1. Computing
segment
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Definition: A segment is a specially-configured subset of a larger network. The boundaries of a network segment are established by devices capable of regulating the flow of packets into and out of the segment, including routers, switches, hubs, bridges, or multi-homed gateways (but not simple repeaters).

 Related Terms
• Ethernet
• gateway
• hop
• IP
• LAN  
 

Network designers create segments to physically separate related computers into groups. This grouping can improve network performance and security. In Ethernet networks, for example, computers send many broadcast packets onto the network, but only other computers on the same segment receive them.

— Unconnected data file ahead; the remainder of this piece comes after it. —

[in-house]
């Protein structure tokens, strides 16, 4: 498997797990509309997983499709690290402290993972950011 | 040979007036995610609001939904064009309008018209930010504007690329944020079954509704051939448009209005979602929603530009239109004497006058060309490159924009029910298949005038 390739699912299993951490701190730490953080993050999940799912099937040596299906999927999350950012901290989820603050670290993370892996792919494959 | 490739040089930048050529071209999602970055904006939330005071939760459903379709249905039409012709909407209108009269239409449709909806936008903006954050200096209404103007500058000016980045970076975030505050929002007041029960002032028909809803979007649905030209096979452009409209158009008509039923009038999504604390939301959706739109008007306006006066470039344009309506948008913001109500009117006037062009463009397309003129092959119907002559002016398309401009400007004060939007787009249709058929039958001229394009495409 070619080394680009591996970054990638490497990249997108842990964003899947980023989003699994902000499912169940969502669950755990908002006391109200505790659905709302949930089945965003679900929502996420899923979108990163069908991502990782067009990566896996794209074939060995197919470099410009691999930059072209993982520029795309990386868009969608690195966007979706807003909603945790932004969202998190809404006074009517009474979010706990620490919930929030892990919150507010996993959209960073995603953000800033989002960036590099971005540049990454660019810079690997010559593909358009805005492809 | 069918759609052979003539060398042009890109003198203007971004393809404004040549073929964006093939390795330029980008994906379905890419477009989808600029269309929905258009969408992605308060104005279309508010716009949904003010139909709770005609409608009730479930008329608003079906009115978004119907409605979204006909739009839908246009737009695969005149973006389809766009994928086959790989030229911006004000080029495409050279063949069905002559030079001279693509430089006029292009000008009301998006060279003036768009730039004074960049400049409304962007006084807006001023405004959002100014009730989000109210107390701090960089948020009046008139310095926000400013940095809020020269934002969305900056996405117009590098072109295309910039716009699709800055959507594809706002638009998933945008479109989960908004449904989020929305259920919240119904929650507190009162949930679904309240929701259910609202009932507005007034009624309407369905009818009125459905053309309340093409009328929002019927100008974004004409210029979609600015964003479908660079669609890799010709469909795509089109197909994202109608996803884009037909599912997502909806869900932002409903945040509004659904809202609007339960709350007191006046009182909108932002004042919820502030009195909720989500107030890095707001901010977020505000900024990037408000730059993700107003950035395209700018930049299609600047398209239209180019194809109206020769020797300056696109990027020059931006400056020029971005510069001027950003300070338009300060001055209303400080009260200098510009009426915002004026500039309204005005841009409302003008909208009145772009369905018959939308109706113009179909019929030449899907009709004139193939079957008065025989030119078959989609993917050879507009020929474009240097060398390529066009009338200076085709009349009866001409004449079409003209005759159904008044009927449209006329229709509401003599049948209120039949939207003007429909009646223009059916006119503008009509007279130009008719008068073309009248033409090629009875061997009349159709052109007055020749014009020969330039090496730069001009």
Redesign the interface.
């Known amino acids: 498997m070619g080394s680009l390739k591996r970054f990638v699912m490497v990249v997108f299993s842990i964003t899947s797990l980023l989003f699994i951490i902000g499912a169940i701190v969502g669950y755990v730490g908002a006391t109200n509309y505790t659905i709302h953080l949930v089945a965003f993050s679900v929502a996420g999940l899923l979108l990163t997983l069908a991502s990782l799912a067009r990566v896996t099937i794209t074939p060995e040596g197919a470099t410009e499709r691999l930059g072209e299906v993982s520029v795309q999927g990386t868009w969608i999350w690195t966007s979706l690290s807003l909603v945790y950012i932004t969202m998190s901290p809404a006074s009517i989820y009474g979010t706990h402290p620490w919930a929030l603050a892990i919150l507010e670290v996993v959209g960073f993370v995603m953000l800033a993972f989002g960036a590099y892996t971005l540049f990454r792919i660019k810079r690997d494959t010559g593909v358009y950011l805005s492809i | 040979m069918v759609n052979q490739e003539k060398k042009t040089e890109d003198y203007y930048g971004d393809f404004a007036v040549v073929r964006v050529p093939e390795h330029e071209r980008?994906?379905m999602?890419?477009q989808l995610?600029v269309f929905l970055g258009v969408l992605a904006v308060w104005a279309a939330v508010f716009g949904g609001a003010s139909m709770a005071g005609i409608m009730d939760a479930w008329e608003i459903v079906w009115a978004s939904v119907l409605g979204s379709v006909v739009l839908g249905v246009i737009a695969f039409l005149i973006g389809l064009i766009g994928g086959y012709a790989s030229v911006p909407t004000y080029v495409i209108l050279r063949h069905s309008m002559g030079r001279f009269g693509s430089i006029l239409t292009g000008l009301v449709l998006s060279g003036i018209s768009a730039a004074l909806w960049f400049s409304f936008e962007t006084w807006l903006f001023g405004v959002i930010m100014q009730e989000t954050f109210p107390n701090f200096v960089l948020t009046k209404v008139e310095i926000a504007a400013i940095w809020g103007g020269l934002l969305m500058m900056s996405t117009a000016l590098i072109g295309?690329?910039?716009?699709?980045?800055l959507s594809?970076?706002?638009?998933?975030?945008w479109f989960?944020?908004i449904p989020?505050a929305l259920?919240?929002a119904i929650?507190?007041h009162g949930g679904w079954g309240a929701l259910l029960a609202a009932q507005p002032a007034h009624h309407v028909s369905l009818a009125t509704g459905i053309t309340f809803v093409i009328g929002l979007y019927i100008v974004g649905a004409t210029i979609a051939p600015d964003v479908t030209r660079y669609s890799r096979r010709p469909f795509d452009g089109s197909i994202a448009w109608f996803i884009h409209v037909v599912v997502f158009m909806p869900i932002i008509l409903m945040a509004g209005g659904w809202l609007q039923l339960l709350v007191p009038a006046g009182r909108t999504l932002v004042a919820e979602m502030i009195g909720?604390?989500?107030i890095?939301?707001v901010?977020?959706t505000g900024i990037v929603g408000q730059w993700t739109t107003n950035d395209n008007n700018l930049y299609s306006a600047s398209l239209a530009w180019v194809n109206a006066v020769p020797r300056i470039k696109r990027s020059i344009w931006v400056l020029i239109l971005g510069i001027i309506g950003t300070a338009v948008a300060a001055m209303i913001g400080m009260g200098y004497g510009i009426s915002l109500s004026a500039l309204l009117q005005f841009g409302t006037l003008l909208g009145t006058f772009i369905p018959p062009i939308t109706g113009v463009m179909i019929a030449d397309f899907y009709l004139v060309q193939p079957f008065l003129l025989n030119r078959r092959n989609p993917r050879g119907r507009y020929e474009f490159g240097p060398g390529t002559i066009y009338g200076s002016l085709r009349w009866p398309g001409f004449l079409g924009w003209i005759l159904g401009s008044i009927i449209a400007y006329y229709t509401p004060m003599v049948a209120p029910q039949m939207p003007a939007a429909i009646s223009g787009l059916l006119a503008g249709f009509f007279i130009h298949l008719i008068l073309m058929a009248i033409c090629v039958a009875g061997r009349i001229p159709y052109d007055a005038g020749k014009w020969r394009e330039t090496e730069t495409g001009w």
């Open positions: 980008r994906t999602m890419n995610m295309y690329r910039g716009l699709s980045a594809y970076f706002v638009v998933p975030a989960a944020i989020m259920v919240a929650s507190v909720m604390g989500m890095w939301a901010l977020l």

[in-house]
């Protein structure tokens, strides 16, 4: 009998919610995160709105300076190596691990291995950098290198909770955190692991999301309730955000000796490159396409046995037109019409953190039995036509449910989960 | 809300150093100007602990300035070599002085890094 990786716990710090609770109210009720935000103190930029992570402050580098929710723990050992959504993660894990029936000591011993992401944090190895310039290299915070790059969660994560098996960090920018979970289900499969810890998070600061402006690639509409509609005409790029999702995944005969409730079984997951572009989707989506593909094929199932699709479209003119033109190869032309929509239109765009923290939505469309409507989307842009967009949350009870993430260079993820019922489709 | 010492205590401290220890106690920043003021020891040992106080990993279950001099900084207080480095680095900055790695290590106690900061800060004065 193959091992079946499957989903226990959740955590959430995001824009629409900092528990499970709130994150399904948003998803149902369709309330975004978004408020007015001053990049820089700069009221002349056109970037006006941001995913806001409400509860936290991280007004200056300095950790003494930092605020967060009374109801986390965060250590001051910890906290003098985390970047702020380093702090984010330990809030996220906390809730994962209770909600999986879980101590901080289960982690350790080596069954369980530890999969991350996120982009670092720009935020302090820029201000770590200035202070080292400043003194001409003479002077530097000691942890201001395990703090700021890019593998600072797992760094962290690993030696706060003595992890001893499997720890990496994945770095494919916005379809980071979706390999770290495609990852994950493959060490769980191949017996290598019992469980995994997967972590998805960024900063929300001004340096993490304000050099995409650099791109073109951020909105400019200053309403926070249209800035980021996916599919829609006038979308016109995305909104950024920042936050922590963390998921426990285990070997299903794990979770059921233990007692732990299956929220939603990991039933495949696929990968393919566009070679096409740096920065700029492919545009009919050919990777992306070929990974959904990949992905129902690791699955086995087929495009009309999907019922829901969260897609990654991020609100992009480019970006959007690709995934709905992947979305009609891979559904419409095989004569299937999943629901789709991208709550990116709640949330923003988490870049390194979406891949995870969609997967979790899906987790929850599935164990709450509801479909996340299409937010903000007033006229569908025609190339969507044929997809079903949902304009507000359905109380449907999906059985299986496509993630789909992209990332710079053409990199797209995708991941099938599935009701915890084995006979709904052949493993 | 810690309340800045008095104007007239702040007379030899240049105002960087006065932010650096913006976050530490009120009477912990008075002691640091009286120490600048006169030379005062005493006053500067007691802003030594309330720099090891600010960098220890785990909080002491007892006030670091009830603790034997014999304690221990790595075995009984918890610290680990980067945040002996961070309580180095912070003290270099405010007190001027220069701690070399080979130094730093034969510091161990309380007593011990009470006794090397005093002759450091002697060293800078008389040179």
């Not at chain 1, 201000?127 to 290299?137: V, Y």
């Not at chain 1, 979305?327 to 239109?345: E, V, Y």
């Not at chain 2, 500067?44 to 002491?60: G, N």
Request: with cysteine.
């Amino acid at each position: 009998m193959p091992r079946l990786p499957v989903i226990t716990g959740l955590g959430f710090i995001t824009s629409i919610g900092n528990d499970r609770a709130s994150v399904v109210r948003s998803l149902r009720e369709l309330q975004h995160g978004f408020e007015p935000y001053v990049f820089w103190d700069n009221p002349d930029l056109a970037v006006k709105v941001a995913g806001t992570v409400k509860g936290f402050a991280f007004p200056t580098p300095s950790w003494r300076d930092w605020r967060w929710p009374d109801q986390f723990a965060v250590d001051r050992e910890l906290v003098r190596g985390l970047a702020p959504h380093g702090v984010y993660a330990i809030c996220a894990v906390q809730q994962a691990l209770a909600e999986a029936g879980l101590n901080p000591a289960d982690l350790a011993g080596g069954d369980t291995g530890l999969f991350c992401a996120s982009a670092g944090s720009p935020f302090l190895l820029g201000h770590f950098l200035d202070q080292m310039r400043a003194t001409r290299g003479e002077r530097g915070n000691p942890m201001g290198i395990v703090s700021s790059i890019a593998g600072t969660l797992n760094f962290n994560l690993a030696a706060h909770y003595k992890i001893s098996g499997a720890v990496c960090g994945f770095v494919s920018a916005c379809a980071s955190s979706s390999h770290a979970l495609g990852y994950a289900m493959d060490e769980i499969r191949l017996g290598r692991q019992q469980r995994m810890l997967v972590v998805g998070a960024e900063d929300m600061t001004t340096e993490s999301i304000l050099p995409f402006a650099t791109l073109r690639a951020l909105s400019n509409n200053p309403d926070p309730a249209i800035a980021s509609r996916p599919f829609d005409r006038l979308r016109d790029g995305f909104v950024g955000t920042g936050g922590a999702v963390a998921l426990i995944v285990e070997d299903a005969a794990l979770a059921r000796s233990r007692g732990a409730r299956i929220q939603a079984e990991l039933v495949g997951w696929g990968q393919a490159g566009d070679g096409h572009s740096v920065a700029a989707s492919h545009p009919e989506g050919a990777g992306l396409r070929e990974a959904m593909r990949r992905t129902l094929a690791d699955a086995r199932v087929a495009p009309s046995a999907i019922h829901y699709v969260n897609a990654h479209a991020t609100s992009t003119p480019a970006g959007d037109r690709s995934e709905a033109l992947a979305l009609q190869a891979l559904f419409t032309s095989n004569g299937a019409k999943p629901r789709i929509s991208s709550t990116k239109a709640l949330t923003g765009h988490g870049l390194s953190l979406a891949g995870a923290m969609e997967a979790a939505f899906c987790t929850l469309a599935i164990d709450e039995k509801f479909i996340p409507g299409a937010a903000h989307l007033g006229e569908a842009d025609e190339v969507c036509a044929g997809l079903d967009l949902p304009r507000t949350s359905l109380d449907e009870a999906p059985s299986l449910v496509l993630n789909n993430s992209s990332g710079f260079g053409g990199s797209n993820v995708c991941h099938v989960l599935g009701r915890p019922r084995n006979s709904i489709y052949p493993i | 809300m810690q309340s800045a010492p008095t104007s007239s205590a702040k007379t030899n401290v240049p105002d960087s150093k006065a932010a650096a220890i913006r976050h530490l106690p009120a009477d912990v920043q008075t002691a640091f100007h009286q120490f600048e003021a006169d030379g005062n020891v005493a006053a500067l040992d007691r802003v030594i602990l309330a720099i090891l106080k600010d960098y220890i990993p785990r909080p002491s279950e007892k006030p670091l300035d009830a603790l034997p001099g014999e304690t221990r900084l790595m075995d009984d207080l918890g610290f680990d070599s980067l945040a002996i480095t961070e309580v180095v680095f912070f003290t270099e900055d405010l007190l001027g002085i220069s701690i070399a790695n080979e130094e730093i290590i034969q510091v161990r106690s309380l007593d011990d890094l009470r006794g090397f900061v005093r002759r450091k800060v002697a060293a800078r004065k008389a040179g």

Network segments and subnets serve similar purposes; both create a grouping of computers. The difference between a segment and a subnet is as follows: a segment is a physical network construction, whereas a subnet is simply a higher-level software configuration. In particular, one cannot define a single IP subnet that functions correctly across multiple segments.

Also Known As: network segment

Related Resources:

Introduction to Hubs
This article explains the basic function and construction of network hub devices.

IP Tutorial: Subnetting
Learn about the basics of IP subnetting.

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